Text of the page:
June Meeting to Decide On EPA

A meeting of Southern African Development Community (SADC) ministers is to take place next month to decide on the next step for the Economic Partnership Agreement (EPA) negotiations between SADC and the European Union (EU).

“[They] are to convene at the regional level as soon as possible to assess the progress in the negotiations, decide on whether a further negotiating session is needed with the EU and the regional approach to the EPAs,” Rejoice Karita, the Senior Trade Aisor of the Agricultural Trade Forum (ATF) reports. “This is likely only to happen in June 2014,” she said, adding that a decision will subsequently be made about where the region stands with regard to the EPAs. Last week a delegation from the European Commission (EC) visited Meatco’s Windhoek abattoir with the aim of getting an overview of how the company fares in adhering to international standards, specifically pertaining to the Hazard Analysis Critical Control Point (HACCP) system and certification. The EC’s visit to Meatco comes a few months before the October 1 deadline by which Namibia is expected to sign the Economic Partnership Agreement (EPA) with the EC. At this stage, indications are still unclear on whether or not Namibia would sign.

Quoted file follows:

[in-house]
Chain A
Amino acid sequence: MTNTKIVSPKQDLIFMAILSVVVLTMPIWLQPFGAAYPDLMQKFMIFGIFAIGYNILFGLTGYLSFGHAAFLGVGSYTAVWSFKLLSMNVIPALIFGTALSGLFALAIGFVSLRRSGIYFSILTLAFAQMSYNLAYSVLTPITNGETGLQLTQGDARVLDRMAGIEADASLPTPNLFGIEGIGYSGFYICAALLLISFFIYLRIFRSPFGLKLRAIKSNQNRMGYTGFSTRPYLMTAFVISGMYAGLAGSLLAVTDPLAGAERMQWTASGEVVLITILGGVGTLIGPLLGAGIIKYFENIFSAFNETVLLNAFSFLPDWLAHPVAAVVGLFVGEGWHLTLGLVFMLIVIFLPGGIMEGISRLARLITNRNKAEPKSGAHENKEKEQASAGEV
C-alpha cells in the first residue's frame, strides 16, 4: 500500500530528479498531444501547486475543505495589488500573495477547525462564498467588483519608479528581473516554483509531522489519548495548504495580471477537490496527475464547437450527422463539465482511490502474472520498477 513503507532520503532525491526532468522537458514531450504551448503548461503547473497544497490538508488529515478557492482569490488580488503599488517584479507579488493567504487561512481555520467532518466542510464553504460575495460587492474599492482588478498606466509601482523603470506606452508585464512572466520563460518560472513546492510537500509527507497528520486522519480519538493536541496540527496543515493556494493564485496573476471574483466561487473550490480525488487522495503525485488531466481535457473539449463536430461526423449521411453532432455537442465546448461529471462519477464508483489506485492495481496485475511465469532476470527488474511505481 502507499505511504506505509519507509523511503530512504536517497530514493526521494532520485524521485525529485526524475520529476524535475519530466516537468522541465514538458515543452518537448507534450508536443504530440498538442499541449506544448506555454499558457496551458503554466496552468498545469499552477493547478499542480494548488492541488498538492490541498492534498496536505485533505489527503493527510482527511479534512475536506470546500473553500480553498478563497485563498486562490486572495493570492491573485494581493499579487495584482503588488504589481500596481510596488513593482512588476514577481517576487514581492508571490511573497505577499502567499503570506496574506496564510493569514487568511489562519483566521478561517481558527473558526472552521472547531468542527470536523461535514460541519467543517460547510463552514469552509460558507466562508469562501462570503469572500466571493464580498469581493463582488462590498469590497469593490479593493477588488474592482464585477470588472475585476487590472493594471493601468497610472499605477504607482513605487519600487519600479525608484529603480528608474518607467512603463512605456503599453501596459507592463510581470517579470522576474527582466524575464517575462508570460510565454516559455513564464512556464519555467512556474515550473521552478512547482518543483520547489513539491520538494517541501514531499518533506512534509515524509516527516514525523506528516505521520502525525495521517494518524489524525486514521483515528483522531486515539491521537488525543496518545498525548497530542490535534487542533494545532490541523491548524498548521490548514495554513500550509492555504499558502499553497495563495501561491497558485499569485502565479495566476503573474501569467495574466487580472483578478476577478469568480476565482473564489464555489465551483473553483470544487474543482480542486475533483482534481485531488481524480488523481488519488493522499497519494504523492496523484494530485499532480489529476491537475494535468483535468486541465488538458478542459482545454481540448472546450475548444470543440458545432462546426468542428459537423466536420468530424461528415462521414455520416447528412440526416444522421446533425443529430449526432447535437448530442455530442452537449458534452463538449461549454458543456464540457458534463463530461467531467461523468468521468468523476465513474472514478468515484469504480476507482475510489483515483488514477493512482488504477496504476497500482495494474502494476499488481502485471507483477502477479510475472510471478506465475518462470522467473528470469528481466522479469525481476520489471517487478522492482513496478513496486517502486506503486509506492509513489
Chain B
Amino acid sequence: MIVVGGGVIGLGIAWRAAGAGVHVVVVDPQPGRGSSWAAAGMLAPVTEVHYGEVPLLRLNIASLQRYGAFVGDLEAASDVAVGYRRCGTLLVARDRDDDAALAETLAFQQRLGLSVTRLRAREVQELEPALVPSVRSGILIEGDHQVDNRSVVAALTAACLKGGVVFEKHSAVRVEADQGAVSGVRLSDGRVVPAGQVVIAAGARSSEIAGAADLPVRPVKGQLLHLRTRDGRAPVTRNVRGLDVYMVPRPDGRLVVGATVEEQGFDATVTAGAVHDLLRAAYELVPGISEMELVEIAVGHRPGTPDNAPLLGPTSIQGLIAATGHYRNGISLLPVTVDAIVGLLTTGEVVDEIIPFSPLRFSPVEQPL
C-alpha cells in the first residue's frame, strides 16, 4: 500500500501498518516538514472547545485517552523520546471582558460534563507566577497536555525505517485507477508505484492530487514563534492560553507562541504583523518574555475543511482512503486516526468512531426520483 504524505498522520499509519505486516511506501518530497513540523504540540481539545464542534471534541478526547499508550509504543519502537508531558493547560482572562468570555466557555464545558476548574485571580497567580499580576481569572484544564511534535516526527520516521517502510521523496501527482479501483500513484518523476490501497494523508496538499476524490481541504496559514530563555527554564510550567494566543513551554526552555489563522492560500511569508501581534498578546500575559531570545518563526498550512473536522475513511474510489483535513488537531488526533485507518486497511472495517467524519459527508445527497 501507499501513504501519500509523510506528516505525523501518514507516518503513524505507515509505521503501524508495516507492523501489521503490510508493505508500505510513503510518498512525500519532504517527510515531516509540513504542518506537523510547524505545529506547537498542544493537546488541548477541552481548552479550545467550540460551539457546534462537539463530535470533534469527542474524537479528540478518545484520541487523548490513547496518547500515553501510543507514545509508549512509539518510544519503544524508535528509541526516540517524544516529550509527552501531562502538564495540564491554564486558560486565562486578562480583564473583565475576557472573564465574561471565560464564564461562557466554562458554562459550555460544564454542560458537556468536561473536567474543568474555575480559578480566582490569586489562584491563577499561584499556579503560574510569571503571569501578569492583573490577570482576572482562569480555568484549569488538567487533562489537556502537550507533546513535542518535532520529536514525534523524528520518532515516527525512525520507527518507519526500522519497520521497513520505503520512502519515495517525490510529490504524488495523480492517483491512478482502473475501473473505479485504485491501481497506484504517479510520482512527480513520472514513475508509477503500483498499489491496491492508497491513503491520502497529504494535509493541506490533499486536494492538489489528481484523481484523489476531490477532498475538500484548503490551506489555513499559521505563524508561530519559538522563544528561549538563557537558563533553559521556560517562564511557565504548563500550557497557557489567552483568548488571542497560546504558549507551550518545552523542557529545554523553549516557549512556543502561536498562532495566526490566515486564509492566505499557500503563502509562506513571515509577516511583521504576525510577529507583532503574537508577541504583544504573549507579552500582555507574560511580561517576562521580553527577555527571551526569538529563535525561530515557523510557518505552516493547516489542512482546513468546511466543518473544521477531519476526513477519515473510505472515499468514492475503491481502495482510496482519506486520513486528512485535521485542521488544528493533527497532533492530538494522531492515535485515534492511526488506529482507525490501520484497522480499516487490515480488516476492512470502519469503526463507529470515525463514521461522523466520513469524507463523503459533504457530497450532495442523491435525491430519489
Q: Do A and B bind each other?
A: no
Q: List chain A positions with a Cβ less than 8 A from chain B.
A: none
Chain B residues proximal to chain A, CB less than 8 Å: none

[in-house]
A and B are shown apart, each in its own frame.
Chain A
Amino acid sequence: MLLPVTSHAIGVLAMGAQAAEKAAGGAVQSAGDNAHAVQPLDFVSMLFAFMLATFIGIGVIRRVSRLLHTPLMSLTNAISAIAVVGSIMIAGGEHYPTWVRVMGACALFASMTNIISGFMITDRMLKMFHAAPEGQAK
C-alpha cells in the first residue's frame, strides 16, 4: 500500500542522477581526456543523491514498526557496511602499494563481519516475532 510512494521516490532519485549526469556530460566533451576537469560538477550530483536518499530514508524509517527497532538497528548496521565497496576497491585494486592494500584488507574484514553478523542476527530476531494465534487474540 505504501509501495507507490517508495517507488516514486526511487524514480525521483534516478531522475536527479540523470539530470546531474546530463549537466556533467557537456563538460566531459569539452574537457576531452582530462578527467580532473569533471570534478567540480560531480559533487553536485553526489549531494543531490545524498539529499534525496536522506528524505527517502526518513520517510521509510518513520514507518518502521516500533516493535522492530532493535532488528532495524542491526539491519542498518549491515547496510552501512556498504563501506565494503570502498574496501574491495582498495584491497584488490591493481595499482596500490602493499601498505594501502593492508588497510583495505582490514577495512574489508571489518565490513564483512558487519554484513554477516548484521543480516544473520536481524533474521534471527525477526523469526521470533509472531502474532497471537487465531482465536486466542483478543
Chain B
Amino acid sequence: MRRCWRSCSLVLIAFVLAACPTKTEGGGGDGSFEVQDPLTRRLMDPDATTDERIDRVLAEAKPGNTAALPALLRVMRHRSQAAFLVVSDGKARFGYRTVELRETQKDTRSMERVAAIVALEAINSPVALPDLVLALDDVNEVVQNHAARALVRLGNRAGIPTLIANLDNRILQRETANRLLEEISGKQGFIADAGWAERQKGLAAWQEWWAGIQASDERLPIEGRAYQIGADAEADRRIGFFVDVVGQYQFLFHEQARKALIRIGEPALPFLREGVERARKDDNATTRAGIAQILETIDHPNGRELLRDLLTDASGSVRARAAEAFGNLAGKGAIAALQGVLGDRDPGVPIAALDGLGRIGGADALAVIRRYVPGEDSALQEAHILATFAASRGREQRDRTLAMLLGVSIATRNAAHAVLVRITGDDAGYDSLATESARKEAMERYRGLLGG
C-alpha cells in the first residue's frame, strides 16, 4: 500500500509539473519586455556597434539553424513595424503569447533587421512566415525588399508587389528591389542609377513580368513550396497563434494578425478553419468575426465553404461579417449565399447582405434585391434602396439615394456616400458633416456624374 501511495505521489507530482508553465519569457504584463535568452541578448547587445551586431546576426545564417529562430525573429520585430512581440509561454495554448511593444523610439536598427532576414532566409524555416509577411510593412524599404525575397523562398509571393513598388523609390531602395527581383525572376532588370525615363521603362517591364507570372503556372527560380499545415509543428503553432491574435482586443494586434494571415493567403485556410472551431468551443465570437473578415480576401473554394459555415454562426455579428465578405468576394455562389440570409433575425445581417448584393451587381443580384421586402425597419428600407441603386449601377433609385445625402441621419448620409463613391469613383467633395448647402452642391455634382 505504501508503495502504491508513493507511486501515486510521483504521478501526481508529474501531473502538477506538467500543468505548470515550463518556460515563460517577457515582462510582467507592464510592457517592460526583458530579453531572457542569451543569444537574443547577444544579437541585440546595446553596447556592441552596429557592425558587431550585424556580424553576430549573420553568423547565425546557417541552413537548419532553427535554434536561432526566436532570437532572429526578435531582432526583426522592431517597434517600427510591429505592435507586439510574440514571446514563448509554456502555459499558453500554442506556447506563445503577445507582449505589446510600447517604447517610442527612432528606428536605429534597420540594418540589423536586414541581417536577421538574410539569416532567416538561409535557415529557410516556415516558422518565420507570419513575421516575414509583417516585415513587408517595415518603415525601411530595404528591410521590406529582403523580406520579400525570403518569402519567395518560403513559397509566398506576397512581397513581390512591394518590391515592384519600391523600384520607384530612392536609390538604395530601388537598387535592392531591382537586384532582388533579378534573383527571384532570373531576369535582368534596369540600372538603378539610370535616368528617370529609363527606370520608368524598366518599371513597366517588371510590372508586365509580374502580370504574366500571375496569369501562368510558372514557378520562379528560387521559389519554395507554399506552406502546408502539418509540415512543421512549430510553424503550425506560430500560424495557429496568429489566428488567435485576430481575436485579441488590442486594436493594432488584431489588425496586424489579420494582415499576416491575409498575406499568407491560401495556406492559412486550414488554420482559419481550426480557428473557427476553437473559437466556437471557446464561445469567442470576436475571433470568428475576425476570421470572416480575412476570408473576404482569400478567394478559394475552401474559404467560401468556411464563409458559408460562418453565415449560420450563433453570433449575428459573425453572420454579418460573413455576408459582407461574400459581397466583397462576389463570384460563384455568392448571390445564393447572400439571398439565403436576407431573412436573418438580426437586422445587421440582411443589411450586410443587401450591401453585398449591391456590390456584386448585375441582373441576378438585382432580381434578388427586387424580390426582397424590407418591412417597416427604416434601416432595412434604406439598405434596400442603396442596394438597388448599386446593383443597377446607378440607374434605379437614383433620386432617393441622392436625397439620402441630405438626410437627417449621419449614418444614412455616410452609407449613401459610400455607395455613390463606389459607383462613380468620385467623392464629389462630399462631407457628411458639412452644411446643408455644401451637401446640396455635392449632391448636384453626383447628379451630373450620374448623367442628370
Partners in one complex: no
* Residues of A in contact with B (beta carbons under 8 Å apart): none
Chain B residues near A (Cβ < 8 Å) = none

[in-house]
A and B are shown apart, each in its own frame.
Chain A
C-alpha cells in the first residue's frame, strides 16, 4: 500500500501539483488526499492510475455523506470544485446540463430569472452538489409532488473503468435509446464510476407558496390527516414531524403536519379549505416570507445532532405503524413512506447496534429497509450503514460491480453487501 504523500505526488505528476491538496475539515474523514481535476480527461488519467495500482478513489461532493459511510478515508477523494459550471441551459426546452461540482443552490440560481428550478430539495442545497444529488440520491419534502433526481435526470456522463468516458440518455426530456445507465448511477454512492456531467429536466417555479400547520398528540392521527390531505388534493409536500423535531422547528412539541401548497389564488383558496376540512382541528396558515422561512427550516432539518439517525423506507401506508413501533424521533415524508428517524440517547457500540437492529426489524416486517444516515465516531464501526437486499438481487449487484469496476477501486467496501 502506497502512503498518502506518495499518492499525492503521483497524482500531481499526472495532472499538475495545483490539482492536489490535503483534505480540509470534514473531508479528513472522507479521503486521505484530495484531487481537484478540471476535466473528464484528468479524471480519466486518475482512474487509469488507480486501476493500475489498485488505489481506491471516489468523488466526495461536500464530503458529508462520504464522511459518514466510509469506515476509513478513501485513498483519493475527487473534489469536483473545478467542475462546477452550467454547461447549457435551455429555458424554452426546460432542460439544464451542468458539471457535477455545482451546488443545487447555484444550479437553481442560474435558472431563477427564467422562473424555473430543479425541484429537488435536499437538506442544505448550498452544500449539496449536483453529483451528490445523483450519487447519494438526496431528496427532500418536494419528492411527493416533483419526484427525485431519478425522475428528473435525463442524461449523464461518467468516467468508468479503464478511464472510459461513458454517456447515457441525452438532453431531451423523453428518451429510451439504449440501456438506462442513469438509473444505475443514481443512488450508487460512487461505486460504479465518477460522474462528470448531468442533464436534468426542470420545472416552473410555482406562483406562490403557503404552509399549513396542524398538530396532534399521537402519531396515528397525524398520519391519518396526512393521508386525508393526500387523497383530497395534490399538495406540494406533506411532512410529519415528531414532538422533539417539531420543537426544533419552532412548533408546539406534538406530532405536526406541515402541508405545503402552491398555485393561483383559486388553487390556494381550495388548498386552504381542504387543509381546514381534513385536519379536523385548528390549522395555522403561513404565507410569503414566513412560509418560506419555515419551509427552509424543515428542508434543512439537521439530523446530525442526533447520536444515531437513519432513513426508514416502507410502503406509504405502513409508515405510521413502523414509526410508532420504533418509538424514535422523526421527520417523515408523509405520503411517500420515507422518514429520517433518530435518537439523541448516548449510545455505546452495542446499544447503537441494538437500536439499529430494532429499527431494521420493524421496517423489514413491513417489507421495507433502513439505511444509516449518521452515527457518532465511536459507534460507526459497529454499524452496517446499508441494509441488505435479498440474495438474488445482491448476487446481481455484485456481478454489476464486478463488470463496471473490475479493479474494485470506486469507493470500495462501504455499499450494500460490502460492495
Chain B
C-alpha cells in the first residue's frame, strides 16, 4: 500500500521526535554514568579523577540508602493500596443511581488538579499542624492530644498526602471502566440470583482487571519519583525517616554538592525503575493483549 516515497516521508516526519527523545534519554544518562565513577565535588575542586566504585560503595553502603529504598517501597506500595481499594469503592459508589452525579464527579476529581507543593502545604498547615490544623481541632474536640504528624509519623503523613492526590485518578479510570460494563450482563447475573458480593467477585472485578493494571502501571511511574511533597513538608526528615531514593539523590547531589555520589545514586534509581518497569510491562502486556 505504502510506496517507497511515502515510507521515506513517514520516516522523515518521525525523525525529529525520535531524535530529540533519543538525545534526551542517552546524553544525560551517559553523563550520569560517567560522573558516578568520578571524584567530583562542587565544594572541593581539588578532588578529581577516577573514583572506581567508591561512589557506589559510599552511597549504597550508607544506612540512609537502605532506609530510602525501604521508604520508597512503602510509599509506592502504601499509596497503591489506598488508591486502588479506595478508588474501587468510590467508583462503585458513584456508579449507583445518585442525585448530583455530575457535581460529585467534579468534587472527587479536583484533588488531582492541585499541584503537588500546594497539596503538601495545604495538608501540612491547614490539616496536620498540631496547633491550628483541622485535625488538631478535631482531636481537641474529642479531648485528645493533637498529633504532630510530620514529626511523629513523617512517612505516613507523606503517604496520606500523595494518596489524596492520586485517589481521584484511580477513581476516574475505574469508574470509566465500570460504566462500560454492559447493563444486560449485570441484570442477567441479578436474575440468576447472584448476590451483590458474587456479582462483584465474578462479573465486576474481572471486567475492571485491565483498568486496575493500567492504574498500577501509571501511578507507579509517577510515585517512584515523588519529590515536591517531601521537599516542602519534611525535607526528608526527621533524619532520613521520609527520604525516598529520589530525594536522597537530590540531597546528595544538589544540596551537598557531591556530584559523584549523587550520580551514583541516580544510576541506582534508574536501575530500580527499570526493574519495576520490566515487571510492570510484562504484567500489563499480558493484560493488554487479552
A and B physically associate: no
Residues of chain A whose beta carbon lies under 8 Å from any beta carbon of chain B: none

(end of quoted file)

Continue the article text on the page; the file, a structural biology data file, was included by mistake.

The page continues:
The last round of negotiations between the Southern African Development Community (SADC) EPA Group and the European Commission (EC) was held in Brussels, Belgium on March 31 to April 2 this year. According to the ATF, which attended the negotiations, the issue of export duties and agricultural safeguards are not finalised and as such negotiations could not be concluded between the parties. The Namibian beef industry is able to realise huge returns from the EU market, which in turn contributes 50 percent to the agricultural Gross Domestic Product (GDP). The last meeting agreed that each member state is to report back to their governments regarding the progress reached in the negotiations and each country is to decide on the way forward, considering the outstanding issues.

Namibian beef producers currently enjoy access to the EU without paying duties and without any quota limitations. This allows Namibian cattle and beef production systems to be competitive in the European market. Should Namibia not sign the EPA, Namibian beef producers could lose this free market access and any exports to the EU will require export taxes to be paid for such products – a process that will be very costly for meat export businesses.

Source : New Era